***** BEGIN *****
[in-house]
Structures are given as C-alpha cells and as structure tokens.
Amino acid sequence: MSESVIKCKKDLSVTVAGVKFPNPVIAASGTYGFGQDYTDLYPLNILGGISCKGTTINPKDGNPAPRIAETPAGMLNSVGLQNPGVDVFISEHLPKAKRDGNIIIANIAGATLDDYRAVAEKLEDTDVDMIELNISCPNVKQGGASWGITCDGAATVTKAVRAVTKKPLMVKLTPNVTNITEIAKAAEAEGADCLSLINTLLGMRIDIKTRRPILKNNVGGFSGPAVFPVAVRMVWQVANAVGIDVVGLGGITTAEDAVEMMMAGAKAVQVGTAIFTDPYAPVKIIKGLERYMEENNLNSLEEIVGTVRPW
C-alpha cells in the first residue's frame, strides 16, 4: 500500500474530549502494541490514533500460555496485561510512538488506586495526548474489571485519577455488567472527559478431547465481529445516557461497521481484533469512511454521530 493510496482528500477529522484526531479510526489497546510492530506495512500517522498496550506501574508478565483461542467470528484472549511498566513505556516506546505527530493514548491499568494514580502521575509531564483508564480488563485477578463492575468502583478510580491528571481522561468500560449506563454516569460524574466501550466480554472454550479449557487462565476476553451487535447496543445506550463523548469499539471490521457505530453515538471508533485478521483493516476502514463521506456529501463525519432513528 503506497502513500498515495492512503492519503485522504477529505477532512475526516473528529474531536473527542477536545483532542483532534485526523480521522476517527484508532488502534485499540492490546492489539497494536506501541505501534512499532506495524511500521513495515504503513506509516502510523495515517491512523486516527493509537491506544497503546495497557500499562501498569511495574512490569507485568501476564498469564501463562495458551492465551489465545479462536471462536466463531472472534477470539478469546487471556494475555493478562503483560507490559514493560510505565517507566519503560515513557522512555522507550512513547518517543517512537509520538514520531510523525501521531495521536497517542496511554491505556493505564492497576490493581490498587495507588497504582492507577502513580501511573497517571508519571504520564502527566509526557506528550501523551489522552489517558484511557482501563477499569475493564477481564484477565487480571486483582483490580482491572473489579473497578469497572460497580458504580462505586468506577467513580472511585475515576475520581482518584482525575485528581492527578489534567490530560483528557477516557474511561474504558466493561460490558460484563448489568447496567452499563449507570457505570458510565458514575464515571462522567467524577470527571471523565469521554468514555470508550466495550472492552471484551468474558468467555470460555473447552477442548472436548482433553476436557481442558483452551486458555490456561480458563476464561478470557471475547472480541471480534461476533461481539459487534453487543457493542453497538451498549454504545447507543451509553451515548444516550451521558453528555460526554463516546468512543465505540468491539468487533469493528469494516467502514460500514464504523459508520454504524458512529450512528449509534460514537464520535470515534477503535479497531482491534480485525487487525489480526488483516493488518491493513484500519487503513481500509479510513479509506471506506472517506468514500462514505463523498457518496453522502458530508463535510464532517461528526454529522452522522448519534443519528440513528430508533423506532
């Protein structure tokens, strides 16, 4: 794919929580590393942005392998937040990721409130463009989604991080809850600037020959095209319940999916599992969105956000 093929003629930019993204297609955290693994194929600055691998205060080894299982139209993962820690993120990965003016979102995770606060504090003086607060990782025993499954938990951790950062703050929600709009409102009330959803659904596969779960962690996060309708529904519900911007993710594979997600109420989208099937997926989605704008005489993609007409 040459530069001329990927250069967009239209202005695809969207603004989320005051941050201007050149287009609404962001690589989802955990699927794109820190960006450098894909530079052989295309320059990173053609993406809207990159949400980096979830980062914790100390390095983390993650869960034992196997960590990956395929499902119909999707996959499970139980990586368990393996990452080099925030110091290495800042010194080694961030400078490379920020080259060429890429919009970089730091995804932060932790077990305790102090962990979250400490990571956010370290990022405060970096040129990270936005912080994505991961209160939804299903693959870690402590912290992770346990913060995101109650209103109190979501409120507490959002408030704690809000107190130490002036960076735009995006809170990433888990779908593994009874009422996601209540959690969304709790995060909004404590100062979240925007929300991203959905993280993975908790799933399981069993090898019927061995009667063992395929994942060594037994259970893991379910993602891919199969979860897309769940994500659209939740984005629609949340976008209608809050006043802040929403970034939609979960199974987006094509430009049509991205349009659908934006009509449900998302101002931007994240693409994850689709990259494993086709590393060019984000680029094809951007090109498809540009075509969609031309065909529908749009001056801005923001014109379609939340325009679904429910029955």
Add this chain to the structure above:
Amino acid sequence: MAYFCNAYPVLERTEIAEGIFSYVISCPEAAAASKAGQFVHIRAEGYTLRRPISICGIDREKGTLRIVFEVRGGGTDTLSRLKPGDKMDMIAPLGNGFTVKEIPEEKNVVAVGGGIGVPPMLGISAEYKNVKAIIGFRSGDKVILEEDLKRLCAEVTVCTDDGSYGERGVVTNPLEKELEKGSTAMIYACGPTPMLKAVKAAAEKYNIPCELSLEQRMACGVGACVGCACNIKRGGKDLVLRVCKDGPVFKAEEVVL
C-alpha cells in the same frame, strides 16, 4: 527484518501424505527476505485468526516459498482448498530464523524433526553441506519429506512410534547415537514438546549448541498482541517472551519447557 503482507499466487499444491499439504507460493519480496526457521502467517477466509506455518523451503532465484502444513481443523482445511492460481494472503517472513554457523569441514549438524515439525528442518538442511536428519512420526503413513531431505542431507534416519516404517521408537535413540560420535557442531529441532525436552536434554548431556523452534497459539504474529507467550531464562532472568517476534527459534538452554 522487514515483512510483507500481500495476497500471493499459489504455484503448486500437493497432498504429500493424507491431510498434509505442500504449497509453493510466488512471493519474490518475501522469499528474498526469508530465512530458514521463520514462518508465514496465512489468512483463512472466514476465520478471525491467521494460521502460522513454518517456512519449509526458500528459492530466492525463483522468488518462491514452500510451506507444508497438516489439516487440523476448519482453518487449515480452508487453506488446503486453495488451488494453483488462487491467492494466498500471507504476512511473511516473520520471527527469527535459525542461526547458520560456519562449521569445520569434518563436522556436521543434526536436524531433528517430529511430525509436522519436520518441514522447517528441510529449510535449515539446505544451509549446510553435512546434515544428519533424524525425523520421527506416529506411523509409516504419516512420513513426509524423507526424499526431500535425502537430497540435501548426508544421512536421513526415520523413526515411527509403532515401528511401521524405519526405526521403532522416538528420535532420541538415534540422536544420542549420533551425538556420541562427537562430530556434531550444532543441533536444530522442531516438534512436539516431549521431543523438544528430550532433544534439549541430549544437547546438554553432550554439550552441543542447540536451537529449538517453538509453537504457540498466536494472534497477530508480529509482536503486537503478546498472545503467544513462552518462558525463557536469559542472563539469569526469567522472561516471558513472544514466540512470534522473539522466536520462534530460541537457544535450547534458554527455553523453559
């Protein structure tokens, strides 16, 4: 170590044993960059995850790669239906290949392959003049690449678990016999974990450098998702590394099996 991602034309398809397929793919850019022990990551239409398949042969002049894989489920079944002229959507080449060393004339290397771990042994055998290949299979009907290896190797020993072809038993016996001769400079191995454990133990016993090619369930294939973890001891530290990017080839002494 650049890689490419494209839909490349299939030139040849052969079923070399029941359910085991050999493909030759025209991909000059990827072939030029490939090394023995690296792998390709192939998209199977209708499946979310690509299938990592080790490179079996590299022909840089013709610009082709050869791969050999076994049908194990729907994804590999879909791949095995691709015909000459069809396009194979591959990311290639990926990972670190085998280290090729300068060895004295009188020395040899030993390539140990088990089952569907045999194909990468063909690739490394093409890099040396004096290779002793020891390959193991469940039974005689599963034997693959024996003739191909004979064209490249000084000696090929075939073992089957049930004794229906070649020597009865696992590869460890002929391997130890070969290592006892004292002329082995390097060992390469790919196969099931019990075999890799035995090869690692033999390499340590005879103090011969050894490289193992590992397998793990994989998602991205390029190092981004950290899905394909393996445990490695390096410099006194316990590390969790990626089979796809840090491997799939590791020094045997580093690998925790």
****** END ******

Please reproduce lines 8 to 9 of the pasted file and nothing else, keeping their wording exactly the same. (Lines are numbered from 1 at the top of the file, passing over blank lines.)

C-alpha cells in the same frame, strides 16, 4: 527484518501424505527476505485468526516459498482448498530464523524433526553441506519429506512410534547415537514438546549448541498482541517472551519447557 503482507499466487499444491499439504507460493519480496526457521502467517477466509506455518523451503532465484502444513481443523482445511492460481494472503517472513554457523569441514549438524515439525528442518538442511536428519512420526503413513531431505542431507534416519516404517521408537535413540560420535557442531529441532525436552536434554548431556523452534497459539504474529507467550531464562532472568517476534527459534538452554 522487514515483512510483507500481500495476497500471493499459489504455484503448486500437493497432498504429500493424507491431510498434509505442500504449497509453493510466488512471493519474490518475501522469499528474498526469508530465512530458514521463520514462518508465514496465512489468512483463512472466514476465520478471525491467521494460521502460522513454518517456512519449509526458500528459492530466492525463483522468488518462491514452500510451506507444508497438516489439516487440523476448519482453518487449515480452508487453506488446503486453495488451488494453483488462487491467492494466498500471507504476512511473511516473520520471527527469527535459525542461526547458520560456519562449521569445520569434518563436522556436521543434526536436524531433528517430529511430525509436522519436520518441514522447517528441510529449510535449515539446505544451509549446510553435512546434515544428519533424524525425523520421527506416529506411523509409516504419516512420513513426509524423507526424499526431500535425502537430497540435501548426508544421512536421513526415520523413526515411527509403532515401528511401521524405519526405526521403532522416538528420535532420541538415534540422536544420542549420533551425538556420541562427537562430530556434531550444532543441533536444530522442531516438534512436539516431549521431543523438544528430550532433544534439549541430549544437547546438554553432550554439550552441543542447540536451537529449538517453538509453537504457540498466536494472534497477530508480529509482536503486537503478546498472545503467544513462552518462558525463557536469559542472563539469569526469567522472561516471558513472544514466540512470534522473539522466536520462534530460541537457544535450547534458554527455553523453559
């Protein structure tokens, strides 16, 4: 170590044993960059995850790669239906290949392959003049690449678990016999974990450098998702590394099996 991602034309398809397929793919850019022990990551239409398949042969002049894989489920079944002229959507080449060393004339290397771990042994055998290949299979009907290896190797020993072809038993016996001769400079191995454990133990016993090619369930294939973890001891530290990017080839002494 650049890689490419494209839909490349299939030139040849052969079923070399029941359910085991050999493909030759025209991909000059990827072939030029490939090394023995690296792998390709192939998209199977209708499946979310690509299938990592080790490179079996590299022909840089013709610009082709050869791969050999076994049908194990729907994804590999879909791949095995691709015909000459069809396009194979591959990311290639990926990972670190085998280290090729300068060895004295009188020395040899030993390539140990088990089952569907045999194909990468063909690739490394093409890099040396004096290779002793020891390959193991469940039974005689599963034997693959024996003739191909004979064209490249000084000696090929075939073992089957049930004794229906070649020597009865696992590869460890002929391997130890070969290592006892004292002329082995390097060992390469790919196969099931019990075999890799035995090869690692033999390499340590005879103090011969050894490289193992590992397998793990994989998602991205390029190092981004950290899905394909393996445990490695390096410099006194316990590390969790990626089979796809840090491997799939590791020094045997580093690998925790």